Black/White Sex Districts in Chicago and New York in the Early Twentieth Century
Interzones is an innovative account of how the color line was drawn--and how it was crossed--in twentieth-century American cities. Kevin Mumford chronicles the role of vice districts in New York and Chicago as crucibles for the shaping of racial categories and racial inequalities.
Focusing on Chicago's South Side and Levee districts, and Greenwich Village and Harlem in New York at the height of the Progressive era, Mumford traces the connections between the Great Migration, the commercialization of leisure, and the politics of reform and urban renewal. Interzones is the first book to examine in depth the combined effects on American culture of two major transformations: the migration north of southern blacks and the emergence of a new public consumer culture.
Mumford writes an important chapter in Progressive-era history from the perspectives of its most marginalized and dispossessed citizens. Recreating the mixed-race underworlds of brothels and dance halls, and charting the history of a black-white sexual subculture, Mumford shows how fluid race relations were in these "interzones." From Jack Johnson and the "white slavery" scare of the 1910's to the growth of a vital gay subculture and the phenomenon of white slumming, he explores in provocative detail the connections between political reforms and public culture, racial prejudice and sexual taboo, the hardening of the color line and the geography of modern inner cities.
The complicated links between race and sex, and reform and reaction, are vividly displayed in Mumford's look at a singular moment in the settling of American culture and society.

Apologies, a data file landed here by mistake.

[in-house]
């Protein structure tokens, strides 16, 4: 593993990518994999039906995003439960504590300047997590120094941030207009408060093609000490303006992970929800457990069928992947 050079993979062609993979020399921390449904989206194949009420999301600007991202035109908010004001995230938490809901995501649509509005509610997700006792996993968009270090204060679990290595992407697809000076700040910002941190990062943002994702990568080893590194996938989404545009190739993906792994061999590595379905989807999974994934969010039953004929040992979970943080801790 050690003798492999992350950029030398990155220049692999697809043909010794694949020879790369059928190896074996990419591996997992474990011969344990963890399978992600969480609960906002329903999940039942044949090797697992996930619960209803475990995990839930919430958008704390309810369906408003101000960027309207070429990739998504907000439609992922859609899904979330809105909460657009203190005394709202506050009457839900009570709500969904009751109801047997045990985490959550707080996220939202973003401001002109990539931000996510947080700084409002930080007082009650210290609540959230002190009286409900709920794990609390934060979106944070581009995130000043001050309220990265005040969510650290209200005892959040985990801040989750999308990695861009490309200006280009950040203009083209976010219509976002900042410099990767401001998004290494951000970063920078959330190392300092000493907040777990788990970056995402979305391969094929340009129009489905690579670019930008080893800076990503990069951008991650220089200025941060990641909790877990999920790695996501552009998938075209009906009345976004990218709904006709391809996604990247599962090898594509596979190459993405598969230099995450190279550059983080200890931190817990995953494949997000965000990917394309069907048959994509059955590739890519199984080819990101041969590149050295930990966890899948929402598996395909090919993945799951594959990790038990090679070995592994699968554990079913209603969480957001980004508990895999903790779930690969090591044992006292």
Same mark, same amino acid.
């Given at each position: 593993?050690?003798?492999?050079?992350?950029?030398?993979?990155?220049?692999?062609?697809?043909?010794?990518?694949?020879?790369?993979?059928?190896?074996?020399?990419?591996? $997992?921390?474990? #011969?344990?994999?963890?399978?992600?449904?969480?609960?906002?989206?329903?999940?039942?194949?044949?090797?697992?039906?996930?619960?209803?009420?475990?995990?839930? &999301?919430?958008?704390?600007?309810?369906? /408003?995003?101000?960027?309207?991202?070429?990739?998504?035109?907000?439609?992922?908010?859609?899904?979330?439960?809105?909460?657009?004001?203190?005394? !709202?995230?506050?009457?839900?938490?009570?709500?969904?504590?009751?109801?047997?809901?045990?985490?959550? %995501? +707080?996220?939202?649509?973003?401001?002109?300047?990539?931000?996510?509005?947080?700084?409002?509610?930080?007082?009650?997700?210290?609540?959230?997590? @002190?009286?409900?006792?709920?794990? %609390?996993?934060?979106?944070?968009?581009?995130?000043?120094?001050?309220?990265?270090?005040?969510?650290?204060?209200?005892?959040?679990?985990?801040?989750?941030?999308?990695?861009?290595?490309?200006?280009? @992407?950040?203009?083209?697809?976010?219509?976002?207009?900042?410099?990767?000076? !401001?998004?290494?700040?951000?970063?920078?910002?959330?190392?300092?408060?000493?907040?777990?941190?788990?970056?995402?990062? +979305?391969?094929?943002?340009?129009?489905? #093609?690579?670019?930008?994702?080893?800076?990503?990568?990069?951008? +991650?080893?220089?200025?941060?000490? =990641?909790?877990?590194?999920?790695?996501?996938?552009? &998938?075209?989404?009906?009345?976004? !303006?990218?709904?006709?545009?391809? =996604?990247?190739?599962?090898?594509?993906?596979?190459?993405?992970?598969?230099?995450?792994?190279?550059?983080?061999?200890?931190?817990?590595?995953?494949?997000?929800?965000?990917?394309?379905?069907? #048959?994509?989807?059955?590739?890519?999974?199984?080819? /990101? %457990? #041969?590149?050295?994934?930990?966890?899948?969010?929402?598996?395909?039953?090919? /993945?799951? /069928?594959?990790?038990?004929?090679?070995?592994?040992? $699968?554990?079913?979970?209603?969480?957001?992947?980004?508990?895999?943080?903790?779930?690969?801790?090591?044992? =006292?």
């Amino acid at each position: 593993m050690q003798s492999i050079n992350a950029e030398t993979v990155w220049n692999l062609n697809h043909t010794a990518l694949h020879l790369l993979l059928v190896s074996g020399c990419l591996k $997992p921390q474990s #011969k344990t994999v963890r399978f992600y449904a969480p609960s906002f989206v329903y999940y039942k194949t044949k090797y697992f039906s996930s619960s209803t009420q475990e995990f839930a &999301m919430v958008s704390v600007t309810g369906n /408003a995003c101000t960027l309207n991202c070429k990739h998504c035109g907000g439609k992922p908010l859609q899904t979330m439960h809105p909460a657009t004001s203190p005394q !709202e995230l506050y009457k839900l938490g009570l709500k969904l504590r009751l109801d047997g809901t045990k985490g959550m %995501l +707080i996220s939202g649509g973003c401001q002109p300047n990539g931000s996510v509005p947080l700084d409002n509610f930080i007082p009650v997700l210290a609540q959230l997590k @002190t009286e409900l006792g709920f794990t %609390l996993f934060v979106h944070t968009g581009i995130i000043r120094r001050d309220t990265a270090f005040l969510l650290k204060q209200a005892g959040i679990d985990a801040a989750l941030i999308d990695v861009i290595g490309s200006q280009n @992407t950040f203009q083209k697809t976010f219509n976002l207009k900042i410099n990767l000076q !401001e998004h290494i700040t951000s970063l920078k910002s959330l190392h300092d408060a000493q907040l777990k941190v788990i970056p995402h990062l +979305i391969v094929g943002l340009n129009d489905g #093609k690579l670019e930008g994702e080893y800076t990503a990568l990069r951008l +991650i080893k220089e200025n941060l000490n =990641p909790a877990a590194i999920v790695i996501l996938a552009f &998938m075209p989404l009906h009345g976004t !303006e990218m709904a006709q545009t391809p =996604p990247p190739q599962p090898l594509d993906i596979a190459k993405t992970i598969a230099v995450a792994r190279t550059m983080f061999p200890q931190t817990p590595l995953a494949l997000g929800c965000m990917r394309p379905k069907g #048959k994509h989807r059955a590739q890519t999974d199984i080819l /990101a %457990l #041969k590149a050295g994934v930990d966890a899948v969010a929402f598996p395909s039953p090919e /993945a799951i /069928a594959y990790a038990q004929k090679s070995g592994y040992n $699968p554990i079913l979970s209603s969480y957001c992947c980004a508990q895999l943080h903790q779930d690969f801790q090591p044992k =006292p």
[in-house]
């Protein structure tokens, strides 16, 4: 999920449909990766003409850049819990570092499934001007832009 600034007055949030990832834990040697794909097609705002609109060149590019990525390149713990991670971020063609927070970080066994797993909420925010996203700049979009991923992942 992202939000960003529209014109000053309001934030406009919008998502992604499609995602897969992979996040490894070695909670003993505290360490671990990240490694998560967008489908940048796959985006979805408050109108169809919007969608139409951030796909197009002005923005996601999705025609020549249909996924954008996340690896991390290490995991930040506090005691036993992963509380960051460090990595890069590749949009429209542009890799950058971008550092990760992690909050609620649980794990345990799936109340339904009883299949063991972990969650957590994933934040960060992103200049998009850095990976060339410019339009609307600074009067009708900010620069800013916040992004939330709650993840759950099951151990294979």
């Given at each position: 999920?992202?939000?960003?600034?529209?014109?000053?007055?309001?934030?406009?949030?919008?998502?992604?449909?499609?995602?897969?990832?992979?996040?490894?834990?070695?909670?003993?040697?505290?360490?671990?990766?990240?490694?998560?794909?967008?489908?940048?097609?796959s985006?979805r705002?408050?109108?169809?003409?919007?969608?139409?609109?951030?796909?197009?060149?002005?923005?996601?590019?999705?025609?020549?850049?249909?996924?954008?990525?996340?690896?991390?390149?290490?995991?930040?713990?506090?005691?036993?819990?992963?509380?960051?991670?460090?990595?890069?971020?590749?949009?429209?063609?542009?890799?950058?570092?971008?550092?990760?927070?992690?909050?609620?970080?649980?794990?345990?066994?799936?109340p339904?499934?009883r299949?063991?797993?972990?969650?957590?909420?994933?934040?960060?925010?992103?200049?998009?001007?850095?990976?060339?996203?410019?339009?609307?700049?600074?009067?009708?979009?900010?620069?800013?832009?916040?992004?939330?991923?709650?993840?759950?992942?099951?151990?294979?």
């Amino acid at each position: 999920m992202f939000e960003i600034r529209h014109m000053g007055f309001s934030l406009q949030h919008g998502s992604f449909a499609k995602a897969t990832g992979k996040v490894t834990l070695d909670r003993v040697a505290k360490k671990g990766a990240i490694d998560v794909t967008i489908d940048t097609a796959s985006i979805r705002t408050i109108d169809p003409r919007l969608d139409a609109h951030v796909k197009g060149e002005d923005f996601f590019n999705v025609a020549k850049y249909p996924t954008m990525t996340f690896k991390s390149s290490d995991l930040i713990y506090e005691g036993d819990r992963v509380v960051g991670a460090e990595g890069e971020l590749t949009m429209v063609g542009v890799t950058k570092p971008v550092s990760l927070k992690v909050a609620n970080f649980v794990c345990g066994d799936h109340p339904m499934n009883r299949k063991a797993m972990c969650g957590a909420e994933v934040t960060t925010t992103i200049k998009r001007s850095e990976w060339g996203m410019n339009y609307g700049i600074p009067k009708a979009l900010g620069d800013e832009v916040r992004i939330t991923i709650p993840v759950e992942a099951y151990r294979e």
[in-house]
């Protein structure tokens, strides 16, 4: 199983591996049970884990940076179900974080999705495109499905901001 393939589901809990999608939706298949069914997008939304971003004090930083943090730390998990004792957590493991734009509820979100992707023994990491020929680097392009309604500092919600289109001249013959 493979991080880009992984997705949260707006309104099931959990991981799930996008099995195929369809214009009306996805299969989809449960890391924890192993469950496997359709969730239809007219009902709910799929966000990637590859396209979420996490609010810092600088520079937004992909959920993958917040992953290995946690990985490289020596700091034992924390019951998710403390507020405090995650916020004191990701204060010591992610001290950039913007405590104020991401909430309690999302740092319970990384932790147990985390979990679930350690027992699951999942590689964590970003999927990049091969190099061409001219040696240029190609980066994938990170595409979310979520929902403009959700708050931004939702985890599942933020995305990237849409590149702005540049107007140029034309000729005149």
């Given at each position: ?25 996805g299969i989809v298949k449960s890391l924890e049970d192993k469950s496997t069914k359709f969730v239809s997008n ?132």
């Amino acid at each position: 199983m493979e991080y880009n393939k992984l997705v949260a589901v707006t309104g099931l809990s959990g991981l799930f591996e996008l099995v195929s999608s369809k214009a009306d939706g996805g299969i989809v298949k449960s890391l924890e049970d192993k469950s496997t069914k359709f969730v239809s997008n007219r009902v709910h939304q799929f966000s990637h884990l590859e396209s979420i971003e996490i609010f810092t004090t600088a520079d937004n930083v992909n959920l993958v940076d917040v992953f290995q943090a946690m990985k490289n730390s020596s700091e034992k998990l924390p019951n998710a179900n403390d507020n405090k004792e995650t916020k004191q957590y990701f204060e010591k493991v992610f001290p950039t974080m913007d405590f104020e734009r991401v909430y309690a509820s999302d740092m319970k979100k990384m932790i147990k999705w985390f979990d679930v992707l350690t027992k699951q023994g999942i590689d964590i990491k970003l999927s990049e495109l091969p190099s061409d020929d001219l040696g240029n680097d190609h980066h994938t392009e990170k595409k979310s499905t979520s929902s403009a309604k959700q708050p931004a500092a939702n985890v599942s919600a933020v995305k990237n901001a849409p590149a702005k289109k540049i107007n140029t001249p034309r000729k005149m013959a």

"An interesting addition to the ever-growing list of works dealing with questions of race and ethnicity." — Anna Notaro, American Studies (UK)University of Nottingham
"Mumford argues that the United States is unique in its historical anxiety about and regulation of black / white sex. Fears of 'miscegenation'played hidden but determinant roles in shaping racial and gender identities at the beginning of the twentieth century....This racialization of sex... generated a new urban landscape. 'Interzones'were the black / white sex districts... located in neighborhoods with inhabitants who were black and white, heterosexual and homosexual, prostitute and customer... Interzones represents a significant and critical foray into the perplexities of the urban interracial universe." — culturefront
"A first-of-its-kind scholarly exploration of race and racism, and the explosive power of black/white cross-racial sexuality. Focusing on marginal groups in Chicago and New York in the early years of the twentieth century, Interzones engages the idea that black/white sexuality frequently extends beyond the interpersonal into the realm of the political. In clear and sometimes compelling prose that probes deeply into the complexities of its subject, this book is a must-read for everyone interested in the dynamics of race and sex in America." — Nellie McKay, author of Jean Toomer, Artist: A Study of His Literary Life and Work
Part I--Drawing the Color Line in the Progressive Era
1. Interzones 1: Transforming Urban Geography
2. Interzones 2: Reform and Representation
Part II--Crossing the Color Line in the 1920s
4. Leisure and Sexual Racism
5. Interracial Intersections
6. New Fallen Women
Part III--From Vice to Vogue
7. On Stage
9. Racial Reactions